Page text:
Journalism’s highest honor


The stories of the journalists who wrote the stories of Katrina and Watergate and the Boston pedophile priests, and many more, resulting in journalism’s highest honor, the Pulitzer Prize for public service. If you’re a writer, here are the nuts and bolts exposed. If you’re a supporter of the First Amendment, here’s why it’s necessary. If you never understood what public service means to journalism, here it is, explained (the Katrina story is especially moving). If you were unaware of the perils that can attend such reporting, all you have to do is look at the rattlesnake followers of Syanon stuffed in Paul Morantz’ mailbox, its rattles cut off so it wouldn’t alert Morantz to its presence.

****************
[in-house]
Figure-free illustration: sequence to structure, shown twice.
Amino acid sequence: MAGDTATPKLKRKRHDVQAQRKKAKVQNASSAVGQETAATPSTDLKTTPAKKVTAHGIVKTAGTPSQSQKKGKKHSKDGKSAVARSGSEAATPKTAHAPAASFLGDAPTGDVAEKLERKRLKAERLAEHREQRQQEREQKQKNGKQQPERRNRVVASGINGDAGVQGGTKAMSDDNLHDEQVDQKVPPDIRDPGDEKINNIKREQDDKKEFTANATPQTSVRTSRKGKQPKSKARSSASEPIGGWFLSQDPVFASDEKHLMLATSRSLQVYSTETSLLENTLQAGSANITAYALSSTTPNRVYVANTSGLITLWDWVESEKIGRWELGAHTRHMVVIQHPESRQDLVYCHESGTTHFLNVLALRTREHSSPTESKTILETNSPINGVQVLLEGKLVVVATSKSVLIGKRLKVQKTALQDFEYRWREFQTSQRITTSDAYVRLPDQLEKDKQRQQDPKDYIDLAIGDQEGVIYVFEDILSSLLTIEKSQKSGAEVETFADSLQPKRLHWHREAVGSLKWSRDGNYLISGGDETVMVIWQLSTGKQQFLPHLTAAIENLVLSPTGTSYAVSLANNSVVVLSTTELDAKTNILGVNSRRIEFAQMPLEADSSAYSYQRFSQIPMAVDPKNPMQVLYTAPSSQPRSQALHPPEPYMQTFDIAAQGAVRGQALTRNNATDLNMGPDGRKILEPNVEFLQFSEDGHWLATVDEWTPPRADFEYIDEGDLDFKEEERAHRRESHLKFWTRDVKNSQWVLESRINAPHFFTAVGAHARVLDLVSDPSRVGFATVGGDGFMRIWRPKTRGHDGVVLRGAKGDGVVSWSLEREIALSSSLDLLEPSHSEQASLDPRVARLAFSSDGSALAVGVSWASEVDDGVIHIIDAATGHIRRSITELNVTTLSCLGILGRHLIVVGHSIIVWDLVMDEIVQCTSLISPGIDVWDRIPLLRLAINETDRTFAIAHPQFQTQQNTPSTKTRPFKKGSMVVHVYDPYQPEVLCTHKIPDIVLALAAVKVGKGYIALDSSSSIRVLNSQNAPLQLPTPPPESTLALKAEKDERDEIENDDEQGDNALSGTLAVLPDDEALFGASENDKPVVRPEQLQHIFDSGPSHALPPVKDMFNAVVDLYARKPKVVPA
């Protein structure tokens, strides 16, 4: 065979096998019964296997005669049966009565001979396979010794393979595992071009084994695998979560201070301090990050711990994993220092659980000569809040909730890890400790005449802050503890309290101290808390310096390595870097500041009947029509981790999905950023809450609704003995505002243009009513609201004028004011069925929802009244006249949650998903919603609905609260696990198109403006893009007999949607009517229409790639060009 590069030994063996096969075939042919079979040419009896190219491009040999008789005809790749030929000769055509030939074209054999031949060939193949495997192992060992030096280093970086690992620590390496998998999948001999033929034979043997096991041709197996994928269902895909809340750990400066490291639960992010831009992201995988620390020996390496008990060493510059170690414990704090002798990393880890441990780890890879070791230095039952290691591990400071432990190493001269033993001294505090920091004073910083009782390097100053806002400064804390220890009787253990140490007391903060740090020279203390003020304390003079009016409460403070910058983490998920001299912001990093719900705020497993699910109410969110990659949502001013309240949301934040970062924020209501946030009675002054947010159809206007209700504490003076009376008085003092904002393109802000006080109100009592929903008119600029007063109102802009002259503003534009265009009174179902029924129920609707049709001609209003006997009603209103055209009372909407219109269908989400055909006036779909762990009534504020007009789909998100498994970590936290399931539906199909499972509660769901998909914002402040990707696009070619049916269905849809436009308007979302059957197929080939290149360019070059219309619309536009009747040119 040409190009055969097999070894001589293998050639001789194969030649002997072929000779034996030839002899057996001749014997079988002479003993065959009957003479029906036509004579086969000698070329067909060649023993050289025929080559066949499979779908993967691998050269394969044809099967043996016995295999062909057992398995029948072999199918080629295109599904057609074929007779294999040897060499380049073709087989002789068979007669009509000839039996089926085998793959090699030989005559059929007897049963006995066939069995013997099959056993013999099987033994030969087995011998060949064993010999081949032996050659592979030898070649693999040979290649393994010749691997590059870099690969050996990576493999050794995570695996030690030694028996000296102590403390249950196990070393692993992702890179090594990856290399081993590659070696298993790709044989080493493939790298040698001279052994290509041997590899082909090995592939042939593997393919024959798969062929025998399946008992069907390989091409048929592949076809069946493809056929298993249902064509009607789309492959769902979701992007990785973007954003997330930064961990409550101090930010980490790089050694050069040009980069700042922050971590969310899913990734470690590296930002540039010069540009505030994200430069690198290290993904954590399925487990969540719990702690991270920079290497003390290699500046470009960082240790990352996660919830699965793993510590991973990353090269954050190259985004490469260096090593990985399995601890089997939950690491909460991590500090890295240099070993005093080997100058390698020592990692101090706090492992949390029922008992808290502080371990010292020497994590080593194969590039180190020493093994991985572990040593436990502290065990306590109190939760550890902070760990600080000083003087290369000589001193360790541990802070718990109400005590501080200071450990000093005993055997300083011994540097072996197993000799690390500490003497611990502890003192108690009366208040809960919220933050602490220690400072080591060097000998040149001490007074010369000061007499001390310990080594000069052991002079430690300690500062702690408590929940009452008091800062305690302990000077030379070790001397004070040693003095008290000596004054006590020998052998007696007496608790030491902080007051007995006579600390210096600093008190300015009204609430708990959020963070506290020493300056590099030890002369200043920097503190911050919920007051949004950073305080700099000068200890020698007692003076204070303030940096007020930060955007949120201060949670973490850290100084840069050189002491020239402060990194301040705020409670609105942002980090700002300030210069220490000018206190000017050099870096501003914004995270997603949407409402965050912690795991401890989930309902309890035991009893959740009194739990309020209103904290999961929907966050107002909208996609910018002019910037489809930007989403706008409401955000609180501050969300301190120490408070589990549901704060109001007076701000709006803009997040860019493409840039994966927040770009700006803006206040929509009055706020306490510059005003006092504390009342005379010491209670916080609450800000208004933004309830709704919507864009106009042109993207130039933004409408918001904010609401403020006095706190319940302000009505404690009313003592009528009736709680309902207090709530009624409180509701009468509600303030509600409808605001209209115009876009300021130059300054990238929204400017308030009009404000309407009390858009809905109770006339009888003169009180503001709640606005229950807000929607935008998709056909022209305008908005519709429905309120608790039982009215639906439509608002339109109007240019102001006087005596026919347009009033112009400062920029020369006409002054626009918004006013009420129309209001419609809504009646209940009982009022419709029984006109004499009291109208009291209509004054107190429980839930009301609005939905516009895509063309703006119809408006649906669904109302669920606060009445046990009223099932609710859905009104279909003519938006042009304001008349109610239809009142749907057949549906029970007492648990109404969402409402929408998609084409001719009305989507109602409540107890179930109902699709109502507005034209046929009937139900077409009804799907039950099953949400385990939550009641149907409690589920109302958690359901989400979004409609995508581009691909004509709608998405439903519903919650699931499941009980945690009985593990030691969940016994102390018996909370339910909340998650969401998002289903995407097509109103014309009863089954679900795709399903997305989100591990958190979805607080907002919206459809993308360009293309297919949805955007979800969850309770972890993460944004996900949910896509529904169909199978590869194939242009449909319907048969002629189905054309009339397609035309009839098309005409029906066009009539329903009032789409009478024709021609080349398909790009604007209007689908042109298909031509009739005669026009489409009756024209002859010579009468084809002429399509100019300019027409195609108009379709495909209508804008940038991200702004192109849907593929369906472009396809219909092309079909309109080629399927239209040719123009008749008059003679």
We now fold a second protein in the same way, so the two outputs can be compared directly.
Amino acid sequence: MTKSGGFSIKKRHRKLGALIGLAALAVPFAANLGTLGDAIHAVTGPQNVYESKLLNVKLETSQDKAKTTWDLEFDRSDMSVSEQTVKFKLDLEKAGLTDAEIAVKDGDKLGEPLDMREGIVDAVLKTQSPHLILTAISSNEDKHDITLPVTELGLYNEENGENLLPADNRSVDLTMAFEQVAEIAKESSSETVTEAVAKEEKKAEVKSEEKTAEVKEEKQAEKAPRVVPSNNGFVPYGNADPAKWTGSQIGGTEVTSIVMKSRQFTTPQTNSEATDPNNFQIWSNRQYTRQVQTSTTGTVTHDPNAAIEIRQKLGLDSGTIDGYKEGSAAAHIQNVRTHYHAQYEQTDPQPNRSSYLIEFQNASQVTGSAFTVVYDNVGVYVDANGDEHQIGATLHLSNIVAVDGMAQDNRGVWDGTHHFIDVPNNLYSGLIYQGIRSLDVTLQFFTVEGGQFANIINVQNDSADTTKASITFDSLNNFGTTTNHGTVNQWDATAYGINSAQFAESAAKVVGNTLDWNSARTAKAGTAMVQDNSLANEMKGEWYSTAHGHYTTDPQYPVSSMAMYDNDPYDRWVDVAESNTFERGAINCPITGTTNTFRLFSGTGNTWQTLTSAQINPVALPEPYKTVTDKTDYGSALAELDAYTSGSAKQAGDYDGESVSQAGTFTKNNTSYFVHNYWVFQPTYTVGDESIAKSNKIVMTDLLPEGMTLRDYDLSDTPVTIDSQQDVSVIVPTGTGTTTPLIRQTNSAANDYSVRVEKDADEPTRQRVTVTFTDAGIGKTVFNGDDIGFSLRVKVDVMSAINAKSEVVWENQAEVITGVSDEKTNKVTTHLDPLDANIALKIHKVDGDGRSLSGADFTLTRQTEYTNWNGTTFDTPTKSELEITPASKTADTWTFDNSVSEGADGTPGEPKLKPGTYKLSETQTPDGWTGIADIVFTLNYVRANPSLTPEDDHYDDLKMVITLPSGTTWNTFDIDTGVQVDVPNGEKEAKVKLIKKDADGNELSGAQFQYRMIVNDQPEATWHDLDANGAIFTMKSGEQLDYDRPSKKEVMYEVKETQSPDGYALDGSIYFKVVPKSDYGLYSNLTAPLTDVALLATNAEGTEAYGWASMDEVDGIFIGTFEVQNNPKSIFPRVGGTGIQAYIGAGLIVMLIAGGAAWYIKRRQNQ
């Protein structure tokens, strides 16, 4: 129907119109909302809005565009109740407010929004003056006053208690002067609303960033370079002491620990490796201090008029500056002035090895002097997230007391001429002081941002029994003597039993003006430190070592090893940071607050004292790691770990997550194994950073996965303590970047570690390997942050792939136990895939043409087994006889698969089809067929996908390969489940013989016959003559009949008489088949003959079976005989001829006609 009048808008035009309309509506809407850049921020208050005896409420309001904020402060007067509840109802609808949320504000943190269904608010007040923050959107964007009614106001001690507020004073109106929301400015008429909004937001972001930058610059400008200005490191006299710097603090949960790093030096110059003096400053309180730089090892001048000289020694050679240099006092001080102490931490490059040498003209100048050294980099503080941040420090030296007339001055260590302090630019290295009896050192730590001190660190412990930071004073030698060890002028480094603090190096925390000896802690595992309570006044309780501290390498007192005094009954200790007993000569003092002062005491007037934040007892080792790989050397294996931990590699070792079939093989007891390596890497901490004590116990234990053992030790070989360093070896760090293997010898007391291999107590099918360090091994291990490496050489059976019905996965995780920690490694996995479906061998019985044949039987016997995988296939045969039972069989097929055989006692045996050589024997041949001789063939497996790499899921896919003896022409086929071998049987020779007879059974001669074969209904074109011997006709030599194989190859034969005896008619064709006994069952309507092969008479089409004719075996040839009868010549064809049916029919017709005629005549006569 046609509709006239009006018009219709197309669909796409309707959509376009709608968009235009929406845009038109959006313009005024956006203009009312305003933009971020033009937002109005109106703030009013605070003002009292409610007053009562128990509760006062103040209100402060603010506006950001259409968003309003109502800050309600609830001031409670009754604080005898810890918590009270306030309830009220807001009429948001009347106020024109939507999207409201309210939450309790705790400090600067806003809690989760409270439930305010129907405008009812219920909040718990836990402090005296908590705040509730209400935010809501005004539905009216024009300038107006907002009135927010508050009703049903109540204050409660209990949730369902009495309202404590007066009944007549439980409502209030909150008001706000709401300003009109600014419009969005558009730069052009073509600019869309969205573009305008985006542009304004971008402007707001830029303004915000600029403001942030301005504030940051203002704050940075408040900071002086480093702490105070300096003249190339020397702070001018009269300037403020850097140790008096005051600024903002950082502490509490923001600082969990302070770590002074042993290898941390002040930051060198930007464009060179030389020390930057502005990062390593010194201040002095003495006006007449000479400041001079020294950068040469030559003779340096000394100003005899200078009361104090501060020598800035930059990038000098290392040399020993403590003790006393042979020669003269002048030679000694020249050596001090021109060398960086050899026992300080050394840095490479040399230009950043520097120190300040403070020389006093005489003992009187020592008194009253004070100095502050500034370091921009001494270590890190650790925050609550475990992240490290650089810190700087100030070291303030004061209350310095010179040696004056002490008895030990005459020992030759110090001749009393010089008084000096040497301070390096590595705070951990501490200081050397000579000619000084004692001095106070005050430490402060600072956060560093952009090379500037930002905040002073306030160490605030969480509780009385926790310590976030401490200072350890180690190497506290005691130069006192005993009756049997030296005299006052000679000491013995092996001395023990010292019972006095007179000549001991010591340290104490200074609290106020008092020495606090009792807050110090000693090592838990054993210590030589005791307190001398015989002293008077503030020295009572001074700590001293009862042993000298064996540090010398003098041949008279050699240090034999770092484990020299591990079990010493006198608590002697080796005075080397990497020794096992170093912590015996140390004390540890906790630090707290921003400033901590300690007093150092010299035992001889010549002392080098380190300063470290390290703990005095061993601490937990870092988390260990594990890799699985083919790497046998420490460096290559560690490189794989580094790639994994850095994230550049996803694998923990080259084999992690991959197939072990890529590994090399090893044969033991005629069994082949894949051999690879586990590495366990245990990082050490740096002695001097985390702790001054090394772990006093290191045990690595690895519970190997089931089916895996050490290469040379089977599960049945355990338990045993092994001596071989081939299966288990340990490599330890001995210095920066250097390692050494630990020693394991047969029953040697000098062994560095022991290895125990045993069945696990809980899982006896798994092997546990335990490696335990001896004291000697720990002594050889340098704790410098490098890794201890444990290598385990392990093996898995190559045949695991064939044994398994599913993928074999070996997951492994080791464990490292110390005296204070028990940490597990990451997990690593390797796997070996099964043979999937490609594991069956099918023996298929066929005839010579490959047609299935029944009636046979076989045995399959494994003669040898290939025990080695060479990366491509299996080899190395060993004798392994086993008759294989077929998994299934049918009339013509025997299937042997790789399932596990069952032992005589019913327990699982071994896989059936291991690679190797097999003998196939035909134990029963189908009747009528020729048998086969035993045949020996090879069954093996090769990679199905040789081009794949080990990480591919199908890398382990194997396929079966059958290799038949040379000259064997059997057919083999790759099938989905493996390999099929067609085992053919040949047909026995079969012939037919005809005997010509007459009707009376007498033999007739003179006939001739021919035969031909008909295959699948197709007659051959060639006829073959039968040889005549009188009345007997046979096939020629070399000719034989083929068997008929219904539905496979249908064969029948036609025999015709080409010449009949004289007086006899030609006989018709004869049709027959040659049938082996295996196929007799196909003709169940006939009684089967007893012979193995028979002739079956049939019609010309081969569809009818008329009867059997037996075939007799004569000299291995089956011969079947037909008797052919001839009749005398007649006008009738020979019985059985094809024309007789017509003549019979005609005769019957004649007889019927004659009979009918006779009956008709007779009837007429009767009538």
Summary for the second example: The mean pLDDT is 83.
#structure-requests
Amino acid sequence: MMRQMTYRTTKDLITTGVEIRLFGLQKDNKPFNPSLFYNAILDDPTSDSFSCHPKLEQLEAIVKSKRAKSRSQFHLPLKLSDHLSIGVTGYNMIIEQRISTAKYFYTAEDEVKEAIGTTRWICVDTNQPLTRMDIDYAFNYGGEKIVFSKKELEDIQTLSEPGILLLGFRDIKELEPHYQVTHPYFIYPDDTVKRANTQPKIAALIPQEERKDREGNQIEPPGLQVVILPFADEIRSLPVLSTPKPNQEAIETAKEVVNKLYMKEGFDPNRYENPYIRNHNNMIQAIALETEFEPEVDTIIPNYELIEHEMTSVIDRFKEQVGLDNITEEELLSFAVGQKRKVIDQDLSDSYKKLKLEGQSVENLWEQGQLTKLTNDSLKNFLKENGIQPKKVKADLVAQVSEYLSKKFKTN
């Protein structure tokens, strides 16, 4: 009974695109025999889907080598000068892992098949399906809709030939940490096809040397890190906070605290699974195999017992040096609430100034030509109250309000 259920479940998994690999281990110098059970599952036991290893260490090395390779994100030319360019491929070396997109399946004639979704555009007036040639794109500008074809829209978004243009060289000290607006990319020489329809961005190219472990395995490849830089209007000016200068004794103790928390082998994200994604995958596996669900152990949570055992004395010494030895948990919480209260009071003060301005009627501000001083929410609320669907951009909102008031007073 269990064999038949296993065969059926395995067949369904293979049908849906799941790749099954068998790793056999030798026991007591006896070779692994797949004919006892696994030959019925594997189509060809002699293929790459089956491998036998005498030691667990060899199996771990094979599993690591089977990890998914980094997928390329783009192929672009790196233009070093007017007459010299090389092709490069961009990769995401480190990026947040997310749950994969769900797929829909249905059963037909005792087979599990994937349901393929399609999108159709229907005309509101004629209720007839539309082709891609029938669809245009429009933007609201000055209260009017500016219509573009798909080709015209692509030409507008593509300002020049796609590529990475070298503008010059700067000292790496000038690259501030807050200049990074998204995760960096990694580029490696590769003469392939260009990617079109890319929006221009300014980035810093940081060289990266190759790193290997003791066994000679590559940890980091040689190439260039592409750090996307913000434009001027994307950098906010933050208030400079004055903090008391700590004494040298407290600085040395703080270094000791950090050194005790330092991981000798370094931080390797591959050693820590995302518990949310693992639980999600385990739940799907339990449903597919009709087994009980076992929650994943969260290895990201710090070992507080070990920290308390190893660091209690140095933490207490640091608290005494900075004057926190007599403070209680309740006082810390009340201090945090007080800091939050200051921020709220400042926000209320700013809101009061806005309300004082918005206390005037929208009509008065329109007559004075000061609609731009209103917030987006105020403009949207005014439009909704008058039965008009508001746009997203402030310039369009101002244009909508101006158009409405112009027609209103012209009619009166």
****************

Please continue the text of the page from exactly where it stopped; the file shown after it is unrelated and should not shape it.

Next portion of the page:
When editor Howard Weaver of the Anchorage Daily News sent reporters out into the Alaskan Bush to investigate the effect of alcohol abuse on village populations he had one instruction for them: If they saw a breaking news story? To walk away. The result was “A People in Peril” and the ADN’s second Pulitzer Prize for public service. I still have my copy, every word of which still rings true today.

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